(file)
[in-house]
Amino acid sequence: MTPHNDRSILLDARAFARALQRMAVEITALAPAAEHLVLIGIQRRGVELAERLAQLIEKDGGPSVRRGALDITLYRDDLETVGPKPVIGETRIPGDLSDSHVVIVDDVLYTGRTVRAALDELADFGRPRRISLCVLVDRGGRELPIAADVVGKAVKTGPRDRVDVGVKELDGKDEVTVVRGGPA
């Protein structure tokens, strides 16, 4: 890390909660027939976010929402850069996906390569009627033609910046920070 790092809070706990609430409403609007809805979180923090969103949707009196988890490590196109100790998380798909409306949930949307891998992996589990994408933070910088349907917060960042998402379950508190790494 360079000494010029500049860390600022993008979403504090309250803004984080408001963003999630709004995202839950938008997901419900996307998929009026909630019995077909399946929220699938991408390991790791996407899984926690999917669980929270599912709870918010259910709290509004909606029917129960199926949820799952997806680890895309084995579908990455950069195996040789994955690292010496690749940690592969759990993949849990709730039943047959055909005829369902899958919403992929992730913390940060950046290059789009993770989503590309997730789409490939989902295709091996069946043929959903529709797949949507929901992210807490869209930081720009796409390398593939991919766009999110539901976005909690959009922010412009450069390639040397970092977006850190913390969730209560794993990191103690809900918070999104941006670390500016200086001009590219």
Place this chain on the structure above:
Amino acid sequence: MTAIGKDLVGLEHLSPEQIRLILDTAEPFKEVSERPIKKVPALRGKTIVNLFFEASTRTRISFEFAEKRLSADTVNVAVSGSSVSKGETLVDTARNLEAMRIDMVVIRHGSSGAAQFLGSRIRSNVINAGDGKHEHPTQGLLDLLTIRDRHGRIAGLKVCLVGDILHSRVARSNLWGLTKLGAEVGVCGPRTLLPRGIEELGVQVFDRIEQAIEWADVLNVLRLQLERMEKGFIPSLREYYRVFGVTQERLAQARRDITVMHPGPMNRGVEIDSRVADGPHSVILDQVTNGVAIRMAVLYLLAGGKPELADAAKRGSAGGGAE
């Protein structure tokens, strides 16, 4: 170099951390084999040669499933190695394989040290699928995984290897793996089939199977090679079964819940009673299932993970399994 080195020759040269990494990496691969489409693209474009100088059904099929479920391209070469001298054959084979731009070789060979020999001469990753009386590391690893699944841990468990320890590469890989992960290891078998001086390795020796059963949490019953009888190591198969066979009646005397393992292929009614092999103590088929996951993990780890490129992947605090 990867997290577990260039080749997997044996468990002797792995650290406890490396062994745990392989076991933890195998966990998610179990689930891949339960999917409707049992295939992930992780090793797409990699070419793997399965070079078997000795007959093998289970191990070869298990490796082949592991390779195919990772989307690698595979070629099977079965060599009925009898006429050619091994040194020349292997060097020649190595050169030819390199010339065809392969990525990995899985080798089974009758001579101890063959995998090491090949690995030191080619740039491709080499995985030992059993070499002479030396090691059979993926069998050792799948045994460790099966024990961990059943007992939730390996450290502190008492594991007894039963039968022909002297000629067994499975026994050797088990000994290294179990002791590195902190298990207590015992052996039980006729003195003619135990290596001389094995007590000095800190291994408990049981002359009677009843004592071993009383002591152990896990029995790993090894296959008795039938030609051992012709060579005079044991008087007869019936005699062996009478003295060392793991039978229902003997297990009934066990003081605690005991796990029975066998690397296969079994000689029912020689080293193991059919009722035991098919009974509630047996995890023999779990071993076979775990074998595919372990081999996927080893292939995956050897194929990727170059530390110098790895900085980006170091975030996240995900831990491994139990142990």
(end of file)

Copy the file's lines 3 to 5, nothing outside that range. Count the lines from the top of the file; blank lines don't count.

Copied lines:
């Protein structure tokens, strides 16, 4: 890390909660027939976010929402850069996906390569009627033609910046920070 790092809070706990609430409403609007809805979180923090969103949707009196988890490590196109100790998380798909409306949930949307891998992996589990994408933070910088349907917060960042998402379950508190790494 360079000494010029500049860390600022993008979403504090309250803004984080408001963003999630709004995202839950938008997901419900996307998929009026909630019995077909399946929220699938991408390991790791996407899984926690999917669980929270599912709870918010259910709290509004909606029917129960199926949820799952997806680890895309084995579908990455950069195996040789994955690292010496690749940690592969759990993949849990709730039943047959055909005829369902899958919403992929992730913390940060950046290059789009993770989503590309997730789409490939989902295709091996069946043929959903529709797949949507929901992210807490869209930081720009796409390398593939991919766009999110539901976005909690959009922010412009450069390639040397970092977006850190913390969730209560794993990191103690809900918070999104941006670390500016200086001009590219």
Place this chain on the structure above:
Amino acid sequence: MTAIGKDLVGLEHLSPEQIRLILDTAEPFKEVSERPIKKVPALRGKTIVNLFFEASTRTRISFEFAEKRLSADTVNVAVSGSSVSKGETLVDTARNLEAMRIDMVVIRHGSSGAAQFLGSRIRSNVINAGDGKHEHPTQGLLDLLTIRDRHGRIAGLKVCLVGDILHSRVARSNLWGLTKLGAEVGVCGPRTLLPRGIEELGVQVFDRIEQAIEWADVLNVLRLQLERMEKGFIPSLREYYRVFGVTQERLAQARRDITVMHPGPMNRGVEIDSRVADGPHSVILDQVTNGVAIRMAVLYLLAGGKPELADAAKRGSAGGGAE